Protest plunker Russ takes some time out from trying to find where his wife has hidden his banjo to write about an extracurricular project he’s been working on…

This summer marks the hundredth anniversary of the battle of the Somme. One of the bloodiest battles in military history it cost more than a million casualties and achieved precisely nothing.

For many years the Somme, and the first world war in general, have been symbols of the waste and pointlessness of war. And especially how it’s the ordinary working folk who bear the brunt of the brutality and deprivations of conflict but never seem get very much out of it at the end. The Kings and Queens, the Generals and the rich folk play their games for high stakes one way or another but life for the ordinary folk just rolls on the same win or lose, just with less limbs and more broken hearts. Lions led by donkeys.

Lol laying down some hot anti war punkolin © ...
Lol in the studio laying down some anti war punkolin© …

Protest Family pal Steve O’Donoghue has written a powerful song recounting how his grandfather would refuse to wear a poppy because he refused to accept that the lions who fought in the trenches should have to stand side by side with the donkeys who sent them. I thought the song was direct and strong enough to make a real contribution so I took it to the No Glory campaigning group and to my delight they picked it up and are including it in their Somme centenary campaign to remember the truth about what happened in the so called Great War.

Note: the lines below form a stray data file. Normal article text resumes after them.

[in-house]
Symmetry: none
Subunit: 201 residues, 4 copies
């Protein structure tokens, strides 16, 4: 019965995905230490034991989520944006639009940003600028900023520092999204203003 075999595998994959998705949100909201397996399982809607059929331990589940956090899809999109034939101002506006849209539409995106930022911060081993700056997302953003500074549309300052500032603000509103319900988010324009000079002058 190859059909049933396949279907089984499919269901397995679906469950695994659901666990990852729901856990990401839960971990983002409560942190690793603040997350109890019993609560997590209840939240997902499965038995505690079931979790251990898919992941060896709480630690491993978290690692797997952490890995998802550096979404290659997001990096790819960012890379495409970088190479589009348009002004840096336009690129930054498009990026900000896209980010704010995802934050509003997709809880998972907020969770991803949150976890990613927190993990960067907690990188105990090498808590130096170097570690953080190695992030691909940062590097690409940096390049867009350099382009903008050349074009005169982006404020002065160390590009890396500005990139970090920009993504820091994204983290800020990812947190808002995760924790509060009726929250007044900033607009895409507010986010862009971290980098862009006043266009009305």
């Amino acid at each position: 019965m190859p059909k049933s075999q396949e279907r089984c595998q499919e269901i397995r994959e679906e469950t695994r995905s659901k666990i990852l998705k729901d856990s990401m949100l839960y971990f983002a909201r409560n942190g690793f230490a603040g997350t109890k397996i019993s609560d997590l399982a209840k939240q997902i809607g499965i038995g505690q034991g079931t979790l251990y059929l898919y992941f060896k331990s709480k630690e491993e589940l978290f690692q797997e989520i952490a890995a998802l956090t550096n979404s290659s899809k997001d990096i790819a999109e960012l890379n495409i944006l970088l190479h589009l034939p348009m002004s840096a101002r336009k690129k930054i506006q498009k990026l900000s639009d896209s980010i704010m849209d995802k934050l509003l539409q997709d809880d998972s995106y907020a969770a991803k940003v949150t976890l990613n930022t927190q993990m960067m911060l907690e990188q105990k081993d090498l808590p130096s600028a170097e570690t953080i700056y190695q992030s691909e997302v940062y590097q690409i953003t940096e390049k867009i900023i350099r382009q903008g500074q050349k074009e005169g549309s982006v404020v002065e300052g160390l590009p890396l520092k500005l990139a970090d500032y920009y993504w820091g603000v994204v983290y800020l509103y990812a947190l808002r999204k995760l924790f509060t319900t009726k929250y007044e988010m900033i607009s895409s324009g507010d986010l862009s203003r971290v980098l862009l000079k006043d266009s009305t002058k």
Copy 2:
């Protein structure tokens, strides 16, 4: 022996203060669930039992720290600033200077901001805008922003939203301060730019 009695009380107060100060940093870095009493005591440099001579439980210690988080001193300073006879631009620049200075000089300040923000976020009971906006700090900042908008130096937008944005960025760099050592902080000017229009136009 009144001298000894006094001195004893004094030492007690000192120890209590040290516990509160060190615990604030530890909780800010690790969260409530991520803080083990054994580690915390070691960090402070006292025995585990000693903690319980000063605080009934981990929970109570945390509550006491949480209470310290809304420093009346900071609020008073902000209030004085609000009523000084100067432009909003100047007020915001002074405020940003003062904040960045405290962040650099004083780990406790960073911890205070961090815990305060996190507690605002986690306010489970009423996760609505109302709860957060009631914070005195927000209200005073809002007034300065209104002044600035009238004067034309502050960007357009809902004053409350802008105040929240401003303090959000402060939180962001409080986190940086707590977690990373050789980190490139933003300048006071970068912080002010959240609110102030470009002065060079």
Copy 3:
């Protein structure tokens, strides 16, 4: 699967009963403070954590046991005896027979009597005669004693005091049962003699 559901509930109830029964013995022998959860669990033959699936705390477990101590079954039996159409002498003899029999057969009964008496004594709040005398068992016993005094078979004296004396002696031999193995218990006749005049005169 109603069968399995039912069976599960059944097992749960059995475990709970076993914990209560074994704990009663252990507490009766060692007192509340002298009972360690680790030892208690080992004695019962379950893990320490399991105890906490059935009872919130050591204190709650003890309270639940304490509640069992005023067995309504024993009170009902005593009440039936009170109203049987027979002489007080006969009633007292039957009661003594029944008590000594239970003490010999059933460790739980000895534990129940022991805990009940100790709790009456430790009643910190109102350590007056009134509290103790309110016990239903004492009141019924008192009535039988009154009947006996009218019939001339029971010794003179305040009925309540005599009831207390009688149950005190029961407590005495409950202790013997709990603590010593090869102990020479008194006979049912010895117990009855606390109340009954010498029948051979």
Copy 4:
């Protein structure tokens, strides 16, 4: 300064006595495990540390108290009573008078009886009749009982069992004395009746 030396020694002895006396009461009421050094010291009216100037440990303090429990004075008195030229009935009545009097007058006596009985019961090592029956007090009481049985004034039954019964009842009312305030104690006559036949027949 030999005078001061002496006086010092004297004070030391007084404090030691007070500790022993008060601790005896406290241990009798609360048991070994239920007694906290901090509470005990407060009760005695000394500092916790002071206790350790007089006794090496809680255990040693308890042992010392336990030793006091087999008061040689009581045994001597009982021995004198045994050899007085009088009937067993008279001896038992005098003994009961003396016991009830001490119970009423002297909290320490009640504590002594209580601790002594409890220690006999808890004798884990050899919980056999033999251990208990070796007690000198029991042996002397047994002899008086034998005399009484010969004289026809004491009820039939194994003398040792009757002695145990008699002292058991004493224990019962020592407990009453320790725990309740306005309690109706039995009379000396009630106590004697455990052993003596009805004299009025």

No Glory gave me a modest budget to turn Steve’s six minute unaccompanied folk song into something with a broader appeal. It was a fascinating process to develop the song. To songwriters every verse is like a child and it was a nerve wracking moment when I showed Steve how I’d edited the song to be half its original length, but he took it quite well!

When the Protest Family record we go into the studio with a pretty well rehearsed set and play more or less “live” in one go. With Dandelions I put together a super rough Garage band demo but didn’t have time to rehearse or work on the arrangements with the musicians I’d recruited. So we recorded the song by getting everyone to play as much as they could in the time available and then assembling the song in the final edit. So for example we got John on the drums to run through the song playing random rolls and fills so we could pick them up as needed at the end. I’ve never worked like that before and I was glad to have PF producer Steve Honest to hold my hand and take care of the studio wizardry.

All the kit!
Folk music..!

If I’d had the time I would have liked to have got my Protest Family comrades involved a lot more, but in the end I had to settle for Lol who put some superb mandolin down with the absolute minimum of fuss as he always does. One day he’s going to realise quite what a good musician he is and we’ll all be buggered.

I was really delighted that the entire ensemble that we did end up using, myself, Lol, John Davis on drums and the wonderful Eleanor Firman who is a respected classical composer and who took care of the orchestration all live within about a mile of each other. What astonishing talent there is behind every front door!

No Glory put a great video together to go with the song and you can see the end results here…

The song will be performed in a cut down acoustic setting at the No Glory commemorative concert in Hampstead on June 19th.


I wish we could sing it so loudly we wake those fallen lions from a sleep that they have slept too long. Then the donkeys would have something to be frightened of